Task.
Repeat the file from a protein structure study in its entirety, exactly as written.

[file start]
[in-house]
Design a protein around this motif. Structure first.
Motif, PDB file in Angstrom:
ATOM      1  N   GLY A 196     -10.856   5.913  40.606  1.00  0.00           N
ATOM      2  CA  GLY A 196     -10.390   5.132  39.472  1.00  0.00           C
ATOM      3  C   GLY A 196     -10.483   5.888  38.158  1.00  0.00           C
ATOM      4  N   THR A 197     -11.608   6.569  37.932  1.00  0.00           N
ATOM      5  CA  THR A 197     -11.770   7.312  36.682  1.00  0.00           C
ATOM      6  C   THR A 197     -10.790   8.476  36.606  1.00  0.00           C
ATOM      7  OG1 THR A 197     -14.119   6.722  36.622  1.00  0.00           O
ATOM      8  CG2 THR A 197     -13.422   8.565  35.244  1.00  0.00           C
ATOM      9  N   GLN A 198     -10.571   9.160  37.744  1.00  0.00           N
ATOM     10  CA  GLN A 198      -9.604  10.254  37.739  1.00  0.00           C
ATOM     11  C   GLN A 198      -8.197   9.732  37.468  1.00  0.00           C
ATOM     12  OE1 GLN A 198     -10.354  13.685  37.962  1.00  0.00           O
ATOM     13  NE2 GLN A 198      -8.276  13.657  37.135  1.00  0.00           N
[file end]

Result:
[in-house]
Design a protein around this motif. Structure first.
Motif, PDB file in Angstrom:
ATOM      1  N   GLY A 196     -10.856   5.913  40.606  1.00  0.00           N
ATOM      2  CA  GLY A 196     -10.390   5.132  39.472  1.00  0.00           C
ATOM      3  C   GLY A 196     -10.483   5.888  38.158  1.00  0.00           C
ATOM      4  N   THR A 197     -11.608   6.569  37.932  1.00  0.00           N
ATOM      5  CA  THR A 197     -11.770   7.312  36.682  1.00  0.00           C
ATOM      6  C   THR A 197     -10.790   8.476  36.606  1.00  0.00           C
ATOM      7  OG1 THR A 197     -14.119   6.722  36.622  1.00  0.00           O
ATOM      8  CG2 THR A 197     -13.422   8.565  35.244  1.00  0.00           C
ATOM      9  N   GLN A 198     -10.571   9.160  37.744  1.00  0.00           N
ATOM     10  CA  GLN A 198      -9.604  10.254  37.739  1.00  0.00           C
ATOM     11  C   GLN A 198      -8.197   9.732  37.468  1.00  0.00           C
ATOM     12  OE1 GLN A 198     -10.354  13.685  37.962  1.00  0.00           O
ATOM     13  NE2 GLN A 198      -8.276  13.657  37.135  1.00  0.00           N